While there are not enough human studies, in vitro studies reveal that cinnamon inhibits a certain protein to avoid the occurrence of such disorders.
A separate study also discovered that cinnamon combats oxidative stress, preventing cell damage and inflammation in animal models.
Aside from protecting brain function, cinnamon also helps to lower the risk of cognitive decline.
Ceylon cinnamon protects the body against viruses and infections
Cinnamon has a powerful potential in protecting the body against illnesses. Aside from its natural antibiotic, antifungal, antimicrobial, and antiviral effects, cinnamon also contains essential oils that boast immune-boosting properties.
In particular, the cinnamon oil contains protective effects against bacterial infections, which can lead to common colds, ear infections, meningitis, and pneumonia.
Because of this, many cultures use cinnamon to combat viruses and infections that threaten our health.
Ceylon cinnamon prevents digestive and autoimmune diseases
One research also shows that cinnamon contains powerful antifungal properties that may be beneficial in preventing and treating Candida overgrowth.
It was discovered that cinnamon reduced the presence of Candida species, which causes Candida overgrowth and other autoimmune and digestive problems.
Also, cinnamon helps regulate blood sugar levels, preventing an increase in sugar amounts in the digestive tract, a risk factor for Candida.
Ceylon cinnamon benefits the skin, too
Ceylon cinnamon benefits for the skin are attributed to its antimicrobial and antibiotic effects, which helps protect the skin against allergic reactions, infection, irritation, and rashes.
Cinnamon essential oils can help lessen pain, inflammation, redness, and swelling when applied directly onto the skin.
Using cinnamon and honey together can improve your skin health further due to the antimicrobial properties they both contain. This combination may help treat skin allergies, acne, and rosacea.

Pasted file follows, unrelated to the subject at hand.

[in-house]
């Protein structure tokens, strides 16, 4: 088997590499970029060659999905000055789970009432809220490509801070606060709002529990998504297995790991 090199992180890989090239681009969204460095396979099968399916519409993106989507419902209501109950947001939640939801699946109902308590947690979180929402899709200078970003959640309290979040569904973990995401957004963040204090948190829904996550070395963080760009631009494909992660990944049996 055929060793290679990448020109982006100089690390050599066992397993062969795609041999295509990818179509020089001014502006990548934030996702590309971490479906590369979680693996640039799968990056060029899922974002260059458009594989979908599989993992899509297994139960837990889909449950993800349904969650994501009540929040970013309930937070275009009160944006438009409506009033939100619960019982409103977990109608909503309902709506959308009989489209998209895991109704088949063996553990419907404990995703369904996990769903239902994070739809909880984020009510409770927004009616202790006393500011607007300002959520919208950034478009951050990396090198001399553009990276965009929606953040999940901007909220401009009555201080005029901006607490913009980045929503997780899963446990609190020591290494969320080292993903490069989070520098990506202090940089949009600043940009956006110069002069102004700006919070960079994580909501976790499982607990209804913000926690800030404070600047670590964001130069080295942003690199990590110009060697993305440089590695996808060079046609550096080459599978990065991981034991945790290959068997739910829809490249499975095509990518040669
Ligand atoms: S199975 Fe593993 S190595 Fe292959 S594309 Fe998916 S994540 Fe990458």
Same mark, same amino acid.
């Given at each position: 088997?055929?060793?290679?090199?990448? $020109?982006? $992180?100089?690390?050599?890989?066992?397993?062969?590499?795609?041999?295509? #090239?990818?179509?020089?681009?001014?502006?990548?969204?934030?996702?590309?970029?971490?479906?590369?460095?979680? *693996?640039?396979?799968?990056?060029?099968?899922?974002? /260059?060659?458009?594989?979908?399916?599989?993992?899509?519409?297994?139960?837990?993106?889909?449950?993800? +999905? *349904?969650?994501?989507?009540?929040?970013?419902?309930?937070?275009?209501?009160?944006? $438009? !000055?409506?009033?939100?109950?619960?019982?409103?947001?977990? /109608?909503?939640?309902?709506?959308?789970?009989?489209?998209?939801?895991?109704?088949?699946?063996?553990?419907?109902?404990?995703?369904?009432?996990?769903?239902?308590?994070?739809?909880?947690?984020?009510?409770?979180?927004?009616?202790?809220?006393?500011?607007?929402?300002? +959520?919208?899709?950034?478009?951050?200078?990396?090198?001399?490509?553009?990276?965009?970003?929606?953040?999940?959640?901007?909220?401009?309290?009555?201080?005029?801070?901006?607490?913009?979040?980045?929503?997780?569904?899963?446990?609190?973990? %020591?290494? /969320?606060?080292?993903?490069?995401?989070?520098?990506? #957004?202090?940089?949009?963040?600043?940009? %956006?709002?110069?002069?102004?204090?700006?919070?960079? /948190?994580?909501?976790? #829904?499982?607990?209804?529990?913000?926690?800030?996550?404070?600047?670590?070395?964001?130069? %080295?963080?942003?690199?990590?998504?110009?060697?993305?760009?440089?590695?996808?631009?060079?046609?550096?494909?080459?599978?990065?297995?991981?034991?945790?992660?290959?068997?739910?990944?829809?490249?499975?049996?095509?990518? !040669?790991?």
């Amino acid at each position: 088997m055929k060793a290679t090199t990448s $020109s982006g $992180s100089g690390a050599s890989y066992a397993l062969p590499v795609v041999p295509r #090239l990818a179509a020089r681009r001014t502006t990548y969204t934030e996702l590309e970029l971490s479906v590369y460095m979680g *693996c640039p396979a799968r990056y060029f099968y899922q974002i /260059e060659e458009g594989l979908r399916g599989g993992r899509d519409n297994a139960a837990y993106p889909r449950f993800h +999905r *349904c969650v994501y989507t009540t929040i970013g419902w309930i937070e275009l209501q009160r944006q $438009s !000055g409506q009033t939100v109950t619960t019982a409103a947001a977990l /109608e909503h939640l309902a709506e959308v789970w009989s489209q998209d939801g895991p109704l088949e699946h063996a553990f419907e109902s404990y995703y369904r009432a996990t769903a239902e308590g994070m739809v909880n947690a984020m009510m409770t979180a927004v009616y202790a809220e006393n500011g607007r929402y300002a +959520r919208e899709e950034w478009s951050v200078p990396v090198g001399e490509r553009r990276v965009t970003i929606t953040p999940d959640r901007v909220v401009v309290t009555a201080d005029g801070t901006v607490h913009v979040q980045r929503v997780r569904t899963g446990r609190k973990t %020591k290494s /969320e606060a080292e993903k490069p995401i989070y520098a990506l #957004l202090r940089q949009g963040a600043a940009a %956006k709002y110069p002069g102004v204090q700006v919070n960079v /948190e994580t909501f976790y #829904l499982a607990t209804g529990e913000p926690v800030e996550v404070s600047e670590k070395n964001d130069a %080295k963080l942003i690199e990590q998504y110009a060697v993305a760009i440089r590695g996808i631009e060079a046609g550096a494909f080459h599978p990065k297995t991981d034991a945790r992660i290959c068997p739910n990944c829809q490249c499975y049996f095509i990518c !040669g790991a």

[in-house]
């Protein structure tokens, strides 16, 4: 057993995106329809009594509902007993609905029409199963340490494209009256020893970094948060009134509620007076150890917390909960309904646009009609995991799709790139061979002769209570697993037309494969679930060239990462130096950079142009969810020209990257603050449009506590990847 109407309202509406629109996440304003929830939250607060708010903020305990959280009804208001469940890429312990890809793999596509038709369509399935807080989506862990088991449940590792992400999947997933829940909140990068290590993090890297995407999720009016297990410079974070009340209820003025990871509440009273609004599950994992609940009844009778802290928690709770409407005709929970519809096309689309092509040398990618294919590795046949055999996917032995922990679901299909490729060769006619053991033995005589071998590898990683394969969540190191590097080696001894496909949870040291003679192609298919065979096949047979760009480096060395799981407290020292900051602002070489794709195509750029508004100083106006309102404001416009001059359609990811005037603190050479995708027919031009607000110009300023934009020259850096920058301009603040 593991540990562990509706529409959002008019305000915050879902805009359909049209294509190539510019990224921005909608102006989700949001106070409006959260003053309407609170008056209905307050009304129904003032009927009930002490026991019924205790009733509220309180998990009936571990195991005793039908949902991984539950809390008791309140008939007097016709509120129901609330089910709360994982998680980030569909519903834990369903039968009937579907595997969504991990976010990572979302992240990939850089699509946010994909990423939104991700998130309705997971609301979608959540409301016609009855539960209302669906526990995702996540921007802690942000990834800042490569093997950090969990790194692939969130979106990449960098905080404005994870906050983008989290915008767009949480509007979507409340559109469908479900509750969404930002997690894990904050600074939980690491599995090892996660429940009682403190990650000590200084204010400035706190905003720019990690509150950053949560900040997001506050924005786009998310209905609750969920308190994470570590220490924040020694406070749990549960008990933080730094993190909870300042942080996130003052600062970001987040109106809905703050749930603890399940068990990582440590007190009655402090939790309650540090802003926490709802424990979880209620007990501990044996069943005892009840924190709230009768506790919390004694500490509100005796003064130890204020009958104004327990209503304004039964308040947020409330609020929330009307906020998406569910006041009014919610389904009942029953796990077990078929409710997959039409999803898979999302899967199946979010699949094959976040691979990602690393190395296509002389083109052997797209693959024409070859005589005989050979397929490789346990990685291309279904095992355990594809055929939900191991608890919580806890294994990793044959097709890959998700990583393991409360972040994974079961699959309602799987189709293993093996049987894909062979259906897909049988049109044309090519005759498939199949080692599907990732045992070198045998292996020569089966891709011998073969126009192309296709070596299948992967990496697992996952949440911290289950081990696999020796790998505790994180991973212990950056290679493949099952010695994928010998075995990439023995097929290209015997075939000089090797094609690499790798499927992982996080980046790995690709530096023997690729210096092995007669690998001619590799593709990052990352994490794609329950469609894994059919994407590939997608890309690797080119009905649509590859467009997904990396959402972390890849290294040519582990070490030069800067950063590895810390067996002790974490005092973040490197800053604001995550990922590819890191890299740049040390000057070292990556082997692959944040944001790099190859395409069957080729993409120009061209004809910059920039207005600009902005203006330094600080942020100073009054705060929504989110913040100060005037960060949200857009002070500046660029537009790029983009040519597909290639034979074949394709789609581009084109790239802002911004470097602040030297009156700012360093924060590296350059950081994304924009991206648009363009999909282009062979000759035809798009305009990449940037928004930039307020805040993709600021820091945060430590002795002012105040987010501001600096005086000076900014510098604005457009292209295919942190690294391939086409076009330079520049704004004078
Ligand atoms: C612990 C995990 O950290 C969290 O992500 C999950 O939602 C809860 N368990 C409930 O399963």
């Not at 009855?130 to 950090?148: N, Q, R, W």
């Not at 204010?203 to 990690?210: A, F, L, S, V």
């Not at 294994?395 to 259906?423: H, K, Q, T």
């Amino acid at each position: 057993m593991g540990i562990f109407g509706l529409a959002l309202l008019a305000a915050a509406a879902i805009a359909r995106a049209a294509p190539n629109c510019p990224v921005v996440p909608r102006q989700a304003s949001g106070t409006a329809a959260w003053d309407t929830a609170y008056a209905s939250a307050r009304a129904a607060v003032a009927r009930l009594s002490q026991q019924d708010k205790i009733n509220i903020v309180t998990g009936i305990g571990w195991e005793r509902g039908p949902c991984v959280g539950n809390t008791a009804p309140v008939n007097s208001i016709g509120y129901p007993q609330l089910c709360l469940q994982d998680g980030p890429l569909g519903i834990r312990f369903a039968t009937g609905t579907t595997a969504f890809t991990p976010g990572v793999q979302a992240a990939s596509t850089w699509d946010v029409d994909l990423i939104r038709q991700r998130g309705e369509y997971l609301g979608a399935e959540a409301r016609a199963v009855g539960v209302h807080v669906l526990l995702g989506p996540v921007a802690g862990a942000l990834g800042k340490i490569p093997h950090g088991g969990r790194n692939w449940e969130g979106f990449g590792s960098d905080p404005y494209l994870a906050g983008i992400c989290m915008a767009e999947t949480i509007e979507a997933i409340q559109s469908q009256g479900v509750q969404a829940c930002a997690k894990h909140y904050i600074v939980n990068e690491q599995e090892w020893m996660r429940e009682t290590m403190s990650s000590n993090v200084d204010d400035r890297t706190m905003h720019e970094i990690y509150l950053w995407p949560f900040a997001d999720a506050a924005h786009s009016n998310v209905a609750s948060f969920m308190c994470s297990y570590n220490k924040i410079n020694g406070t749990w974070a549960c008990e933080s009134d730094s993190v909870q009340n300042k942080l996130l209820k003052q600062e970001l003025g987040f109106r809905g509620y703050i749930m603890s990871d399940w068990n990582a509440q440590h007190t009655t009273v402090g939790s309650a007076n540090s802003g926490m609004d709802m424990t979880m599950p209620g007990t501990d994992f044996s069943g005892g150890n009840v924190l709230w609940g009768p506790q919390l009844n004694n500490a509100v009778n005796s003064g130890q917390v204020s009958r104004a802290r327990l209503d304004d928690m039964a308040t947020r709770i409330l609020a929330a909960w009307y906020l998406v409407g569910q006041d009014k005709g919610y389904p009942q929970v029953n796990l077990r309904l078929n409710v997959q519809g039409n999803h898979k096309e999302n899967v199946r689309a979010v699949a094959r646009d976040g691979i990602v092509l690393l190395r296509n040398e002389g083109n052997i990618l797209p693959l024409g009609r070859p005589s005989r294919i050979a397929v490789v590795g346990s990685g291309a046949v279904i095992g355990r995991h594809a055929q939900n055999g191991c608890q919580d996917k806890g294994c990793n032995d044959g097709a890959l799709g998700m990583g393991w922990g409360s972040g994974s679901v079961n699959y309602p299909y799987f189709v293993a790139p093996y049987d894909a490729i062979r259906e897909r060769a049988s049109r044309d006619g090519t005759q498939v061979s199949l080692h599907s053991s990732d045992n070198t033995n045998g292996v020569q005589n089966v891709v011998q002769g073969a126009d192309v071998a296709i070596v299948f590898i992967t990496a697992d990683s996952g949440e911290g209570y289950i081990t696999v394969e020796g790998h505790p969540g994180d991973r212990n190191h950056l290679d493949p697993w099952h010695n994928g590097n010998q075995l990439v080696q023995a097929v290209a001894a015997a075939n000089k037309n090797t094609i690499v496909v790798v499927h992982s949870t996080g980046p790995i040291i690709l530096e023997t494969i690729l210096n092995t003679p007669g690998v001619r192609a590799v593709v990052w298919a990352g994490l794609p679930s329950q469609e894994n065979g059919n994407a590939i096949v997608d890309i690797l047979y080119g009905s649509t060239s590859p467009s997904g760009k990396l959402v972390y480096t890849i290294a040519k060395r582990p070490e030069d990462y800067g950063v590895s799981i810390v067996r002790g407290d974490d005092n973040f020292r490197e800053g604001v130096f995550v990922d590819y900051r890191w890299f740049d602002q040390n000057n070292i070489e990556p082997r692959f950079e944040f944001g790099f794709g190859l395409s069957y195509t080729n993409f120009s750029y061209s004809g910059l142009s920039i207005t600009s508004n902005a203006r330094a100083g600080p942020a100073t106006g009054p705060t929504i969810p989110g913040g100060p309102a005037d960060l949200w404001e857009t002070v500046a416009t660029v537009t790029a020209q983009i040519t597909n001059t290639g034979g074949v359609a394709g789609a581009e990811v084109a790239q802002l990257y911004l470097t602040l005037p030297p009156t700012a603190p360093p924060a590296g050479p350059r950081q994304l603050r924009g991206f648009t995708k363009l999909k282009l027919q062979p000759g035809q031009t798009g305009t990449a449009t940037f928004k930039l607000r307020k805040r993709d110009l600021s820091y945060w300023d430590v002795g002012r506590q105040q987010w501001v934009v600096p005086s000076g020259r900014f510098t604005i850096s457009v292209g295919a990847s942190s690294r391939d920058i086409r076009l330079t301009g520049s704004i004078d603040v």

Ceylon cinnamon can be used as a food preservative
Even during the ancient times, Ceylon cinnamon has been used to preserve meats and even corpses!
Because of its antioxidant and antibacterial properties, cinnamon can act as a natural food preservative without artificial ingredients and chemicals.
According to a study, the pectin from fruit was able to stay fresh for longer when it was coated with cinnamon extract.
The result was attributed to the high antibacterial and antioxidant effects yielded by the pectin when it was applied with cinnamon.
Cinnamon also contains anti-tyrosinase properties, which can help prevent the discoloration of fruits and veggies caused by oxidation.
How Can You Add Ceylon Cinnamon to Your Diet?
Cinnamon offers a uniquely warm, sweet taste that perks up tons of beverages and recipes. Here’s how to use Ceylon cinnamon in your diet so you can enjoy its impressive health benefits:
Spice up your drinks with Ceylon cinnamon
You can give your drinks that extra kick of flavor by adding Ceylon cinnamon powder to your fruit smoothies, turmeric lattes, hot chocolate, and even your tea!
Just make sure you’re getting the best kind of Ceylon cinnamon powder available in the market to fully enjoy it like the Burma Spice Ground Ceylon Cinnamon.
Incorporate Ceylon cinnamon into your stewed fruit
Enhance the flavors of your stewed fruits by adding some Ceylon cinnamon to it. Your stewed apples and rhubarb will definitely get a flavor boost!
Sprinkle your soups and porridge with Ceylon cinnamon
Take your basic soups and porridge to the next level by sprinkling them with some Ceylon cinnamon. It’s perfect for rainy days!
Add Ceylon cinnamon to your baked goods
Many people simply love a warmly baked goodie. Make your banana bread, cookies, and crumbles even more special by adding Ceylon cinnamon to it.
Take it as a supplement
If you aren’t a big fan of Ceylon cinnamon as a food, though, you can take it in its supplement form. There are Ceylon cinnamon capsules that you can consume as a substitute to Ceylon cinnamon powder.
Some Key Points to Keep in Mind
According to the National Center for Complementary and Integrative Health (NCCIH), cinnamon supplements are generally safe for human consumption provided they are taken in proper doses.
Experts also recommend the use of Ceylon cinnamon instead of the Cassia variant due to its coumarin content.
Adding this beloved spice to your diet will let you enjoy the amazing Ceylon cinnamon health benefits. Taking it as a supplement is a great option too, as long as it contains the “true” Ceylon cinnamon.
This lowers your risk of adverse side effects. But as always, it is best to talk to your doctor first if you want to use Ceylon cinnamon, especially if you have certain health conditions and medications.